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World Day for Assistive Technology Underway

Today marks the launch of the first ever World Day for Assistive Technology.


Aiming to raise awareness of the importance of assistive technology and kickstart action to address decades of under-investment, organizations and businesses from multiple sectors are coming together for the first time to call for urgent global action.


The day comes two years on from the first global report on assistive technology, published by WHO and UNICEF, which revealed shocking gaps in access to assistive products, including wheelchairs, eyeglasses, hearing aids, prosthetics and digital devices.


Crucially those backing the day want to urgently improve access in low-income countries, where only 10% of people have access to assistive technology compared to 90% in high-income countries.  


The new global day of action is supported by high profile individuals including TV presenter, former Paralympian and wheelchair user, Ade Adepitan; Malian singing duo Amadou and Mariam, who both have visual impairments; and Kenyan-born British paralympic wheelchair racer Anne Wafula Strike (pictured). 


Access to assistive technology for those who need it, can transform individuals’ lives, enabling children to go to school and people to go to work. Those supporting the day believe it is unacceptable that millions of adults in low- and middle-income countries can’t make a living because they can’t access or afford an assistive product like a wheelchair or a hearing aid.


They further know that businesses across the world have a key role to play in promoting access to assistive technology and ensuring workplaces are inclusive and meeting the needs of people who rely on assistive products.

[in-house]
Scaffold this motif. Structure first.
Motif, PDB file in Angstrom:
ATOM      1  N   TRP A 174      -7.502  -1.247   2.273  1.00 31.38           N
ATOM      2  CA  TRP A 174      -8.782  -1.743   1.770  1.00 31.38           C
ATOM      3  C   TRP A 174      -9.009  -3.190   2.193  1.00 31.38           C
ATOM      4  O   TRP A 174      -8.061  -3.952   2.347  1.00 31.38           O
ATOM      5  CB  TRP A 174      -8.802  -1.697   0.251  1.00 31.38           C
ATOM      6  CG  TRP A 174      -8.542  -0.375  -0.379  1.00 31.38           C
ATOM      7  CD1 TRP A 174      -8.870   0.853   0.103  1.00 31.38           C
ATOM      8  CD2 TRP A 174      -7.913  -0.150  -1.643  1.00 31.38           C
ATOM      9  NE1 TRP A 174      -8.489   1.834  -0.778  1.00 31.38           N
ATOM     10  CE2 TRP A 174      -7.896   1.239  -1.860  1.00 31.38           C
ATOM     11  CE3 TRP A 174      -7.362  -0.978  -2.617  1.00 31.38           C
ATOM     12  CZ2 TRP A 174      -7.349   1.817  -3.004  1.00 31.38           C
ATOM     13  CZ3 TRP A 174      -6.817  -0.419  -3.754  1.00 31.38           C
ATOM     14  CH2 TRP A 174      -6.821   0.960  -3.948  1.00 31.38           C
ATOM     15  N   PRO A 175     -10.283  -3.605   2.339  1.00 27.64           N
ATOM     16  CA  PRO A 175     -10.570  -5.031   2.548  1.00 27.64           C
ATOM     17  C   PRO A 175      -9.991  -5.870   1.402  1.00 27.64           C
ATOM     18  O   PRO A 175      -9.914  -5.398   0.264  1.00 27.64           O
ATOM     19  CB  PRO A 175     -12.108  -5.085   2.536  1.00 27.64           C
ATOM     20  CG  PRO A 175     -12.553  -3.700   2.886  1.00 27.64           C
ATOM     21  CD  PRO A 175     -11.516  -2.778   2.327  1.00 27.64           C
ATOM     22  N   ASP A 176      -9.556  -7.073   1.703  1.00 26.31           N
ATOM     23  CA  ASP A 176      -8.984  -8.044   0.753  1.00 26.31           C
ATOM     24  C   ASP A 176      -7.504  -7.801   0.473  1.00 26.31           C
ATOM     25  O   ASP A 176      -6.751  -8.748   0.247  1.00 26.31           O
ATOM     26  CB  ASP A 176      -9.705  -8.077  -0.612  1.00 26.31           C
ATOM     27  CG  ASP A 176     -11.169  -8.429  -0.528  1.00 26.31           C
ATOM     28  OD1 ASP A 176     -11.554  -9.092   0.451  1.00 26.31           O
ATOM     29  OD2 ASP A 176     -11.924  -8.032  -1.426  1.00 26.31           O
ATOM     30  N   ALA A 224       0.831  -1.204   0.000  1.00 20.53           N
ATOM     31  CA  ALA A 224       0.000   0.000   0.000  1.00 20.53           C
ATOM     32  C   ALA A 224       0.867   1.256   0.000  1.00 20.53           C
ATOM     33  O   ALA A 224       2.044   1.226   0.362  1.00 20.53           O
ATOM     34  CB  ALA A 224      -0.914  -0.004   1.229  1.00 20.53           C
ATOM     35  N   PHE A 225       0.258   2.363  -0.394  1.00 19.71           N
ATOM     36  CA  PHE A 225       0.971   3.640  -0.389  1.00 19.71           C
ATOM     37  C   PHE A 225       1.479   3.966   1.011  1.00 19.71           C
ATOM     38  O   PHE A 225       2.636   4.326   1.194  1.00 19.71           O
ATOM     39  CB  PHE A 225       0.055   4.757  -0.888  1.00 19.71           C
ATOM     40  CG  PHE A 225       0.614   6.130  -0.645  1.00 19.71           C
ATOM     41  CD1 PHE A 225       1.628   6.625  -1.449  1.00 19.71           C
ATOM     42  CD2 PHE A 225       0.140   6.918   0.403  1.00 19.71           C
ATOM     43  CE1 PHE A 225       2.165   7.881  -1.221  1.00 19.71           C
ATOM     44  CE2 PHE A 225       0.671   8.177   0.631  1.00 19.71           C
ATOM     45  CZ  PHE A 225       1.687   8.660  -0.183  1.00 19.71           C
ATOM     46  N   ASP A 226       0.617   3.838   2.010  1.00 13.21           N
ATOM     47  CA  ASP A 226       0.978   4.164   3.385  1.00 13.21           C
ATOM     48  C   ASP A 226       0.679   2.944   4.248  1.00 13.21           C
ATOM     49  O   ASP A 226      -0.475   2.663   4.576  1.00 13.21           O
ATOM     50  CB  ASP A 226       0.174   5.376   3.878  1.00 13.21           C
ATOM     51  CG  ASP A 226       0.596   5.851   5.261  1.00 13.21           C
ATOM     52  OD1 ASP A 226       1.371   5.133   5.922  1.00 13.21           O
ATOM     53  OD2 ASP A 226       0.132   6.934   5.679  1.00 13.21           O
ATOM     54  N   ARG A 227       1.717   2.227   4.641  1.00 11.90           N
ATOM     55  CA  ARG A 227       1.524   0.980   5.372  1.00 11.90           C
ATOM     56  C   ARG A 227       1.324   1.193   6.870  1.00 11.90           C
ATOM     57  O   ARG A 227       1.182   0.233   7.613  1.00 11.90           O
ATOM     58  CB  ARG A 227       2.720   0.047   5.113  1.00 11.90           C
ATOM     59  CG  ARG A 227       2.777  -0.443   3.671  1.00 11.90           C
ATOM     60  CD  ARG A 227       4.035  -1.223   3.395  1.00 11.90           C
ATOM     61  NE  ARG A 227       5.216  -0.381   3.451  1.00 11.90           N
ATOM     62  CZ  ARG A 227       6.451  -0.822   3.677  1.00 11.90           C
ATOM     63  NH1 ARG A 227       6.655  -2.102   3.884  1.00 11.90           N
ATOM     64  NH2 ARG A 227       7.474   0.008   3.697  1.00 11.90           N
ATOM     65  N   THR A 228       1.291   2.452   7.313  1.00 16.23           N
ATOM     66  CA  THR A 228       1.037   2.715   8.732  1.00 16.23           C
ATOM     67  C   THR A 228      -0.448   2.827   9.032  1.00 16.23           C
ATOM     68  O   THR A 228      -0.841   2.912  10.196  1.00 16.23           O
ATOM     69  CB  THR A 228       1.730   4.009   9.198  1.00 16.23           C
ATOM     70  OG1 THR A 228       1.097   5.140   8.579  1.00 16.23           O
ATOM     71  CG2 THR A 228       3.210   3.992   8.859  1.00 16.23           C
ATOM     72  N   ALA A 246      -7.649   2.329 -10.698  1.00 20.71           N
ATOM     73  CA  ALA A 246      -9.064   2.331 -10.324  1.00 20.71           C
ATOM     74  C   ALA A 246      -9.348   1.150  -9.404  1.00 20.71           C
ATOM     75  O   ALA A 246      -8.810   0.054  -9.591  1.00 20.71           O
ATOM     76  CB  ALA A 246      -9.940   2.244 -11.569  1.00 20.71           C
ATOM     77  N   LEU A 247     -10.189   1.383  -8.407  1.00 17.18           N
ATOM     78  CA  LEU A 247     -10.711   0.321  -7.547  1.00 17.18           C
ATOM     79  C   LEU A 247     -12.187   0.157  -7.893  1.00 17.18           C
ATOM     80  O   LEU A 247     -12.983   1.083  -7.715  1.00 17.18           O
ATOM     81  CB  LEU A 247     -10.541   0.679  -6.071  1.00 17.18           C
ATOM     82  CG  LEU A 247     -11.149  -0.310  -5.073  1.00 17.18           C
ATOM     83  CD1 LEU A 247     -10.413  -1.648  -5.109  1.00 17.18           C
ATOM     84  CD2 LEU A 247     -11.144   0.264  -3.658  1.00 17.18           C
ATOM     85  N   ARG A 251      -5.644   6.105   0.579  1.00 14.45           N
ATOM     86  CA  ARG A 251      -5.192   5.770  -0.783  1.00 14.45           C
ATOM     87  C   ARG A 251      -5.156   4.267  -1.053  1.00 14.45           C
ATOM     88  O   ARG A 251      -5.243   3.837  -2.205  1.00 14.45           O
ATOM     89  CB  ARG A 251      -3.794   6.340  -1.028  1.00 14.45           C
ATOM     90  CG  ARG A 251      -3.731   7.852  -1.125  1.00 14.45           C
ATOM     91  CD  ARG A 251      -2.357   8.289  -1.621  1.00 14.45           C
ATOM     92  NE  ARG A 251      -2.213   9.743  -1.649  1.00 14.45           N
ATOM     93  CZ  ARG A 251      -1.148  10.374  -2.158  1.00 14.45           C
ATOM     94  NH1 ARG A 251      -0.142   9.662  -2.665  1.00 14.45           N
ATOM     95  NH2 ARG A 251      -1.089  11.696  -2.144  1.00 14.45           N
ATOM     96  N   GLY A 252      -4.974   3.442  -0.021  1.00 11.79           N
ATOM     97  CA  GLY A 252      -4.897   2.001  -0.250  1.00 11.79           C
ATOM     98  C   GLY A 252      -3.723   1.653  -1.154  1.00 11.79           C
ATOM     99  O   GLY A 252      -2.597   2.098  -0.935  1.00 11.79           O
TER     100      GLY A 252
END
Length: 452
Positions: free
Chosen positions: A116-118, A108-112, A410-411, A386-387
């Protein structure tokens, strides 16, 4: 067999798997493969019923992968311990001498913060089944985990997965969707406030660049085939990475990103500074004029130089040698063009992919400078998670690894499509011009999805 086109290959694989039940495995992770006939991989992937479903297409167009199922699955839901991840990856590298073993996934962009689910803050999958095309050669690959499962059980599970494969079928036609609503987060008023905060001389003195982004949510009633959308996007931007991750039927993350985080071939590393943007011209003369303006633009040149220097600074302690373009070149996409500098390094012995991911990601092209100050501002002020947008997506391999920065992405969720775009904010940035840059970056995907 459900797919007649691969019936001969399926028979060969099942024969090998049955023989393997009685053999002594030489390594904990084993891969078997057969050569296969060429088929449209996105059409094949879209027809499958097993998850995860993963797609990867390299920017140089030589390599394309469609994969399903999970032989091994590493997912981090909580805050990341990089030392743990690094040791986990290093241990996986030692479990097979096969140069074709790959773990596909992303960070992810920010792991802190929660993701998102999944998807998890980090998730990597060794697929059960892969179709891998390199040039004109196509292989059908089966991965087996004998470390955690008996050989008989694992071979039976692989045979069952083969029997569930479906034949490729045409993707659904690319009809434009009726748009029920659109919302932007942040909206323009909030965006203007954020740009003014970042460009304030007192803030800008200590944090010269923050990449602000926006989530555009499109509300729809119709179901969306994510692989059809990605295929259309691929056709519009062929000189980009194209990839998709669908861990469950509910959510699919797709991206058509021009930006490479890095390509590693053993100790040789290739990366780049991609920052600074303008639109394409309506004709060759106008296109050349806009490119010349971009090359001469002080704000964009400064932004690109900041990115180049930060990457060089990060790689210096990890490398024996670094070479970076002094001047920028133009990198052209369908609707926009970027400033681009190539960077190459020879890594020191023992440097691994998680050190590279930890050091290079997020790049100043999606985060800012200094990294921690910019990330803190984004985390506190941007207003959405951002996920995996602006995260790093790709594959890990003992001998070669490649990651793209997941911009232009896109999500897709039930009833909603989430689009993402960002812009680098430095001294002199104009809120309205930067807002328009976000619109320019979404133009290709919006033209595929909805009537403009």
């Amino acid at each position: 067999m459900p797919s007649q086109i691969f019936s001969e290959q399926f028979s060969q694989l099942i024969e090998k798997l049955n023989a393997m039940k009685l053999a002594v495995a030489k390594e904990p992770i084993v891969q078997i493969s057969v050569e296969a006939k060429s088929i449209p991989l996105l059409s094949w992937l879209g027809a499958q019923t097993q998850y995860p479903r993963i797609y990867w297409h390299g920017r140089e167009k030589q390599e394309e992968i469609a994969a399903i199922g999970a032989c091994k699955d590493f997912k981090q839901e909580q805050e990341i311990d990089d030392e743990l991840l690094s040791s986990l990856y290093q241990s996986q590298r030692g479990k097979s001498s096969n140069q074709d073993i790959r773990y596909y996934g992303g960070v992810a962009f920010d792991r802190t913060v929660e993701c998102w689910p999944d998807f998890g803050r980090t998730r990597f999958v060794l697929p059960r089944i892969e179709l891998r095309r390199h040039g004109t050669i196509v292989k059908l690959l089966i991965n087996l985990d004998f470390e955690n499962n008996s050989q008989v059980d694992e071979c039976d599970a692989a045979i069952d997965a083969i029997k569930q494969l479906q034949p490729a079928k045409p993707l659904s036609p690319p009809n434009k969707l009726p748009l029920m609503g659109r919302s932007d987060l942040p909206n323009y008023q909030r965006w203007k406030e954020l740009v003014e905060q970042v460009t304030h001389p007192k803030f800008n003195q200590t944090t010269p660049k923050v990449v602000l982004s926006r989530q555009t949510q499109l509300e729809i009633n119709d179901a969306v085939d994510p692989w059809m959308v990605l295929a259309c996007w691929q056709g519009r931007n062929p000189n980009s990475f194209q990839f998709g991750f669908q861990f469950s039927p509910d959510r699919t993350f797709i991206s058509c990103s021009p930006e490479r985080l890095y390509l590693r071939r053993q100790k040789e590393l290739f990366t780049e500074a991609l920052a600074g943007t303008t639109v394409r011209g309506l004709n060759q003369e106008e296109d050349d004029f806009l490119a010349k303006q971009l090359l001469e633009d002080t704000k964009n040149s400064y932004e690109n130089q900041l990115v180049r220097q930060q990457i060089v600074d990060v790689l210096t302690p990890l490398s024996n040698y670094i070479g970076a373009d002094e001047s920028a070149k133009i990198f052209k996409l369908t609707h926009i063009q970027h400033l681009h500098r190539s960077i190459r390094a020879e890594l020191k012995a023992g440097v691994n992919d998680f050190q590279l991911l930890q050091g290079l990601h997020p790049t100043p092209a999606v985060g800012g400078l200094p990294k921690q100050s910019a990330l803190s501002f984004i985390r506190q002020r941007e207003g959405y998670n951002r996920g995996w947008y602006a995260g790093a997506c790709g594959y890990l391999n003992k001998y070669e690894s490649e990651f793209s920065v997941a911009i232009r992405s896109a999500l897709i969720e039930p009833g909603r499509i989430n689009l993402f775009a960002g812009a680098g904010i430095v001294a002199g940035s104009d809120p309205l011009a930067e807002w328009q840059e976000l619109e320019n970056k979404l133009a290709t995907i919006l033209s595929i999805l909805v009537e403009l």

“I can’t imagine trying to live my life without my wheelchair,” said Ade Adepitan.


“There would have been no wheelchair basketball, no travelling, no taking my son to nursery. Going to work and socializing with friends would have been impossible. This is why it’s shocking that today only a small minority of people in low- and middle-income countries who need wheelchairs and other forms of assistive technology, can actually access them.  


“Many of us in high-income countries take it for granted that we can access these things when we need them, but for millions of people around the world this is not the case. In Nigeria, where I was born, less than 10% of people who need a wheelchair can access one, and many children miss out on an education as a result. 


This has to change. It’s why I’m supporting the first ever World Day for Assistive Technology and I encourage others to as well. Wheelchairs, as well as other assistive products are life-transforming for those who need them.” 


World Day for Assistive Technology has been launched as part of the global Unlock the Everyday campaign, aimed at people who currently use or need assistive technology, their communities, organizations working to improve the lives of assistive technology users, the private sector and policymakers and leaders across the globe.  


To find out more about the campaign visit  






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